This webpage emulates the Bayesian solution for the Lincoln index provided by Allen Downey.

The problem is:

Suppose you have a tester who finds 20 bugs in your program. You want to estimate how many bugs are really in the program. You know there are at least 20 bugs, and if you have supreme confidence in your tester, you may suppose there are around 20 bugs. But maybe your tester isn’t very good. Maybe there are hundreds of bugs. How can you have any idea how many bugs there are? There’s no way to know with one tester. But if you have two testers, you can get a good idea, even if you don’t know how skilled the testers are.

• $$k_i$$ is the number of bugs found by tester i
• $$c$$ is the number of common bugs
• $$p_i$$ is the (unknown) probability of tester i finding a certain bug
• $$n$$ is the (unknown) total number of bugs

Downey provides the likelihood function for the data $$\mathcal{D} = (k_1, k_2, c)$$ given the parameters $$\theta = (n, p_1, p_2)$$:

$p(\mathcal{D} | \theta) = p(k_1, k_2, c | n, p_1, p_2) = p(k_1 | n, p_1, p_2) \times p(k_2, c | k_1, n, p_1, p_2) = {n \choose k_1} p_1^{k_1} (1-p_1)^{n-k_1} \times {k_1 \choose c} {n-k_1 \choose k_2-c} p_2^{k_2} (1-p_2)^{n-k_2}$

The prior for the parameters $$p_1$$ and $$p_2$$ is the uniform distribution between $$0$$ and $$1$$, while the prior for the total number of bugs is uniform that starts at $$k_1+k_2-c$$ (the minimum possible number of bugs) and ends at a large enough number, say 350.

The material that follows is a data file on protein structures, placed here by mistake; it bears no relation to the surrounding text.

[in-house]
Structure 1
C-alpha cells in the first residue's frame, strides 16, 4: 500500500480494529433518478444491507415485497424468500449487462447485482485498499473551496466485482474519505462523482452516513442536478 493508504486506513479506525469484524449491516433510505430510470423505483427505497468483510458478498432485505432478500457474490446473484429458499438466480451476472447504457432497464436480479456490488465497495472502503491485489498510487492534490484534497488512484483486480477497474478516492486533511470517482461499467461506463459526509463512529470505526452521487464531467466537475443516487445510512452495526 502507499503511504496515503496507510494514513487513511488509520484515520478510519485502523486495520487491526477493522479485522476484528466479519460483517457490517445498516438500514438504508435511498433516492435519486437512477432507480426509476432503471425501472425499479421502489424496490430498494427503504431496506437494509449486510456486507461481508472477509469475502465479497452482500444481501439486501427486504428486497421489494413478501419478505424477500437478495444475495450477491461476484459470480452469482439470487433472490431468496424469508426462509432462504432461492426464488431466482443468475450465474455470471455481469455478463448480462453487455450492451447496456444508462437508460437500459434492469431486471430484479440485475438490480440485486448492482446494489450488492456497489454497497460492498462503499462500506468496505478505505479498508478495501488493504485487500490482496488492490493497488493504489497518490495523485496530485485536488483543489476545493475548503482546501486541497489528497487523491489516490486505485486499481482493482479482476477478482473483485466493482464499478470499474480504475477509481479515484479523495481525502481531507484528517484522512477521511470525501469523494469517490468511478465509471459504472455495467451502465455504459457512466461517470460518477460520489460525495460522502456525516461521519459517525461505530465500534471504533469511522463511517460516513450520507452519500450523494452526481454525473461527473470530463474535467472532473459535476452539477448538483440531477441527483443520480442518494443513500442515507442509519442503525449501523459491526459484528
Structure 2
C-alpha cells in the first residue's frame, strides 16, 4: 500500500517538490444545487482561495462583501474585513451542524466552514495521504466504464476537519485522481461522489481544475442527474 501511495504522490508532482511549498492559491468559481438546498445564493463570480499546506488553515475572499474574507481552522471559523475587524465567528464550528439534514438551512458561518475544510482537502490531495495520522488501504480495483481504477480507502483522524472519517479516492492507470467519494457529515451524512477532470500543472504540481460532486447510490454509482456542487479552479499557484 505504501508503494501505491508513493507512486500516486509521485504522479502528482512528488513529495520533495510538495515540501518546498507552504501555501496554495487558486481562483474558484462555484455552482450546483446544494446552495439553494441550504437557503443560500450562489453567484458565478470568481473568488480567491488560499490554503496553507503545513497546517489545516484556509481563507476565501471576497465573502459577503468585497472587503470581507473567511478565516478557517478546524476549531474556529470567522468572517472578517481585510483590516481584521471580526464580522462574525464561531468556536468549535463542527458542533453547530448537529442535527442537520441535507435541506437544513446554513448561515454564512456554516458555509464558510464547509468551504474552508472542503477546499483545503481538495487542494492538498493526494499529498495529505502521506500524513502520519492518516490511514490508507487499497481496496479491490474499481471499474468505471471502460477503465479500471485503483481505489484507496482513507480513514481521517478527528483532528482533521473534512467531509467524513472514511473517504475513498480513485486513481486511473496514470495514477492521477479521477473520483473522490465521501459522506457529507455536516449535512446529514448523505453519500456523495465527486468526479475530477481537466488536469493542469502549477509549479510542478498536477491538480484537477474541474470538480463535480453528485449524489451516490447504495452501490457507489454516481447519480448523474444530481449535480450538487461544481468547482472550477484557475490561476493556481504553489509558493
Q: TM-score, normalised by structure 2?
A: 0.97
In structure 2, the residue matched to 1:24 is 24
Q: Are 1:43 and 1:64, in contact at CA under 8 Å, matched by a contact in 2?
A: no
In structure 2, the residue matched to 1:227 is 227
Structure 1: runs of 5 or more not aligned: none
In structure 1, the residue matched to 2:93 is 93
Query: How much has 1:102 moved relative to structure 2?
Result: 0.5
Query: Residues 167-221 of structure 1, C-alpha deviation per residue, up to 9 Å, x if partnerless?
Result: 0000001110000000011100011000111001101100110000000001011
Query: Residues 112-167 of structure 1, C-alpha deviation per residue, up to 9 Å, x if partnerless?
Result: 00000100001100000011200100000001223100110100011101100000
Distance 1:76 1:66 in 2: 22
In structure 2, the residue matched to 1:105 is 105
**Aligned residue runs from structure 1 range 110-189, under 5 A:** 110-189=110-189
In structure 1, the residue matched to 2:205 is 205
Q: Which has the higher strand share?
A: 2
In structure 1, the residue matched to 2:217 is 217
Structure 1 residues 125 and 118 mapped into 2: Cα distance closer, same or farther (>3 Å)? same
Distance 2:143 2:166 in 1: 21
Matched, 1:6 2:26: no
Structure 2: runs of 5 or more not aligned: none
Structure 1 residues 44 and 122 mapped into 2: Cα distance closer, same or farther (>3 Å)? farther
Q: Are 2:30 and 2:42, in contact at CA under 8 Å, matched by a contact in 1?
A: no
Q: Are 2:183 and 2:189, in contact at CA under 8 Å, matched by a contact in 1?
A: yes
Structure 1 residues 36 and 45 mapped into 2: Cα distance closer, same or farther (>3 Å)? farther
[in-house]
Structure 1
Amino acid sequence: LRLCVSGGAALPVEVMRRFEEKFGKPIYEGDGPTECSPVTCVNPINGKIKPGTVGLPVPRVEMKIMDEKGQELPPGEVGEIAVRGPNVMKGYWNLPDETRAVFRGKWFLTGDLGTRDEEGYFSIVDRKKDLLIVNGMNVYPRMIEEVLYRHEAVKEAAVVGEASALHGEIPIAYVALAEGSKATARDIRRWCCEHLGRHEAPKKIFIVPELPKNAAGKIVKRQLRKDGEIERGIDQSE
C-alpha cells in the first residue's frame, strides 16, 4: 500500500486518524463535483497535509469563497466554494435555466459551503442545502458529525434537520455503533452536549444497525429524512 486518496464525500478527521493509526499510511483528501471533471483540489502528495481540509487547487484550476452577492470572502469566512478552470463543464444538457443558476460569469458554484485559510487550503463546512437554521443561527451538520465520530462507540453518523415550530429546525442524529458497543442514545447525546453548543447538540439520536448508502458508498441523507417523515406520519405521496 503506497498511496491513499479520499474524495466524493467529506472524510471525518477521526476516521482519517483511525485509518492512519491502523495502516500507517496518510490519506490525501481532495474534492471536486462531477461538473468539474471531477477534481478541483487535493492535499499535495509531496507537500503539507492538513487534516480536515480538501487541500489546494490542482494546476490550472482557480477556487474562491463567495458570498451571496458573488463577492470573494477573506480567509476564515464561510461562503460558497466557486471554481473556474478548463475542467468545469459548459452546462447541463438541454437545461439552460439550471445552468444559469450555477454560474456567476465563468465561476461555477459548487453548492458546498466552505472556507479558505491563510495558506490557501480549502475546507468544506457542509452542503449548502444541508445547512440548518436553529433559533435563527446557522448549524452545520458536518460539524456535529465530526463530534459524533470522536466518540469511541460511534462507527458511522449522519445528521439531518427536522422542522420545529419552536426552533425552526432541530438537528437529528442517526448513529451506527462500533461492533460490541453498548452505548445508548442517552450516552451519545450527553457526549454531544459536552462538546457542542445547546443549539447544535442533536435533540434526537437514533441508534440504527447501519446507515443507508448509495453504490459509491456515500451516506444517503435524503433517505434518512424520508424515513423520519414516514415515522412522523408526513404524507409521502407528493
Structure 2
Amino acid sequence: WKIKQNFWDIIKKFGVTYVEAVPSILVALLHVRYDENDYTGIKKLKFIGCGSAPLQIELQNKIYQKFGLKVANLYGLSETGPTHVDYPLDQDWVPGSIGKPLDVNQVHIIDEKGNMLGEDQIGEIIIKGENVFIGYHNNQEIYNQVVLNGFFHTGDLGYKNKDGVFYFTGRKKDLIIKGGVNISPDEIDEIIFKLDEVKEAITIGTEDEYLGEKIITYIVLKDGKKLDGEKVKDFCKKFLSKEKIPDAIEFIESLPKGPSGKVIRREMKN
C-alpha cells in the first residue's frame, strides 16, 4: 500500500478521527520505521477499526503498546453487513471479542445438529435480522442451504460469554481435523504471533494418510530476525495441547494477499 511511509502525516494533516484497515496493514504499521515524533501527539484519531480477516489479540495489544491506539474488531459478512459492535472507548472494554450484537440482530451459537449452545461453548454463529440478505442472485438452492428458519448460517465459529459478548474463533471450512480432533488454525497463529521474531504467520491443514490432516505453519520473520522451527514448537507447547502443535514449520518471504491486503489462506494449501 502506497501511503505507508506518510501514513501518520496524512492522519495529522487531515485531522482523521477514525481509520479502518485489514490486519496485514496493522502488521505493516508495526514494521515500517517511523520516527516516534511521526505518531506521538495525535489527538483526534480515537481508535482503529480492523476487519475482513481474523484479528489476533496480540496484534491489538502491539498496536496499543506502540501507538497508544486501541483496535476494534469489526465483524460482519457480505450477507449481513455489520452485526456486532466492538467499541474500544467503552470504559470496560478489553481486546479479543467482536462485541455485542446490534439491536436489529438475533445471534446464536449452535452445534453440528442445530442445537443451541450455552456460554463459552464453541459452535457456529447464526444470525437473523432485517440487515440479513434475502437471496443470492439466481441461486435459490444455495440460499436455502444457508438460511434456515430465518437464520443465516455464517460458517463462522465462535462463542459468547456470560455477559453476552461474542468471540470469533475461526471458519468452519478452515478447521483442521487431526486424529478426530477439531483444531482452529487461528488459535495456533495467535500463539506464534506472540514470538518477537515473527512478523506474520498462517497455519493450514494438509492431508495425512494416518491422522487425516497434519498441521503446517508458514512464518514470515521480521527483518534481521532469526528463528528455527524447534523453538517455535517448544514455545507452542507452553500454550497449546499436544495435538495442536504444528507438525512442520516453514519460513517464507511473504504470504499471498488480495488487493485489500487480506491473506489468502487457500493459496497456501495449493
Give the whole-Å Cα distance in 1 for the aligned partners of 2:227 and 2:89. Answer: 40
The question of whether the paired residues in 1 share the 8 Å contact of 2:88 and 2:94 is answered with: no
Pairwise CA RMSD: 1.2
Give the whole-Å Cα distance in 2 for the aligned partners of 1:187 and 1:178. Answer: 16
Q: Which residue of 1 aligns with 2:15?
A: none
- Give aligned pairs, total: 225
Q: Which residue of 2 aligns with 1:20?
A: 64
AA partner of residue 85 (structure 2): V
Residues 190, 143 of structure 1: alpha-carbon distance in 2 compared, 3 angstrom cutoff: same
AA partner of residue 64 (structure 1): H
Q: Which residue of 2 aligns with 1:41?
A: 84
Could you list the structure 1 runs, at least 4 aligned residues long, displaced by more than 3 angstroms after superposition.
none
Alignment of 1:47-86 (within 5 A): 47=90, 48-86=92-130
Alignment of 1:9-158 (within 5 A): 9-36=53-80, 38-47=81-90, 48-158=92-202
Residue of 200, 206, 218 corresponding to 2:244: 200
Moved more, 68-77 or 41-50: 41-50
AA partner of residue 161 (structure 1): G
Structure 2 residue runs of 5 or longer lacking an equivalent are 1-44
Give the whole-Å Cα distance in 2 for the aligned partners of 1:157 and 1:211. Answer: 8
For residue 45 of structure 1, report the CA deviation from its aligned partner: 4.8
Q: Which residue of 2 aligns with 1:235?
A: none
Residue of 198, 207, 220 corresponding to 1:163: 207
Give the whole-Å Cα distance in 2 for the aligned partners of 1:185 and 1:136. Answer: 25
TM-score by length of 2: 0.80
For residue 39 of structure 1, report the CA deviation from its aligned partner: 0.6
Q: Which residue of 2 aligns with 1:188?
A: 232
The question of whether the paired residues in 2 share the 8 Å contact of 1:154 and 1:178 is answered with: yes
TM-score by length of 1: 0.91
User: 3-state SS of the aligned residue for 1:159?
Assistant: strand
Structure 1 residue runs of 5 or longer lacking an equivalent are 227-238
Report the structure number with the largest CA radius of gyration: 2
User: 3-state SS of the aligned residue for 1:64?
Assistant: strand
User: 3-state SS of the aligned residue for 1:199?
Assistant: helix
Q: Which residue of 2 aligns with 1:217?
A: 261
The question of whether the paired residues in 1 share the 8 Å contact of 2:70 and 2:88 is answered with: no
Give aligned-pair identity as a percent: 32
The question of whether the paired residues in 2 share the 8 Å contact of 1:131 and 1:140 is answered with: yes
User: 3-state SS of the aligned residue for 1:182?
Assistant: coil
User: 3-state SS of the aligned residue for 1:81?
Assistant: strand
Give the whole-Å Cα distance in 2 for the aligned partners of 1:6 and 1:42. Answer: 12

Herein I’ll use BUGS to find a solution.

First, my RBugs ‘boilerplate’ code:

library(BRugs)
## Welcome to BRugs connected to OpenBUGS version 3.2.3
run.model <- function(model, samples, data=list(), chainLength=10000, burnin=0.10, init.func, n.chains=1) {

writeLines(model, con="model.txt")  # Write the modelString to a file
modelCheck( "model.txt" )           # Send the model to BUGS, which checks the model syntax
if (length(data)>0)                 # If there's any data available...
modelData(bugsData(data))         # ... BRugs puts it into a file and ships it to BUGS
modelCompile(n.chains)              # BRugs command tells BUGS to compile the model

if (missing(init.func)) {
modelGenInits()                   # BRugs command tells BUGS to randomly initialize a chain
} else {
for (chain in 1:n.chains) {       # otherwise use user's init data
modelInits(bugsInits(init.func))
}
}

modelUpdate(chainLength*burnin)     # Burn-in period to be discarded
samplesSet(samples)                 # BRugs tells BUGS to keep a record of the sampled values
modelUpdate(chainLength)            # BRugs command tells BUGS to randomly initialize a chain
}

So let’s use BUGS to describe this model. I used the ‘Zero’s trick’ since the likelihood function is not standard:

modelString = "
model {

# Likelihood function

phi <- -log(choose1 * binom1 * choose2 * choose3 * binom2) + CZERO
dummy <- 0
dummy ~ dpois( phi )
CZERO <- 1000000    # for the zero's trick

# compute binomial coefficients
# cf. http://stats.stackexchange.com/questions/62418/binomial-coefficient-in-jags
choose1 <- exp( loggam(n+1) - (loggam(k1+1) + loggam(n-k1+1)) )           # choose(n,k1)
binom1  <- pow(p1, k1) * pow(1-p1, n-k1)

choose2 <- exp( loggam(k1+1) - (loggam(c+1) + loggam(k1-c+1)) )           # choose(k1,c)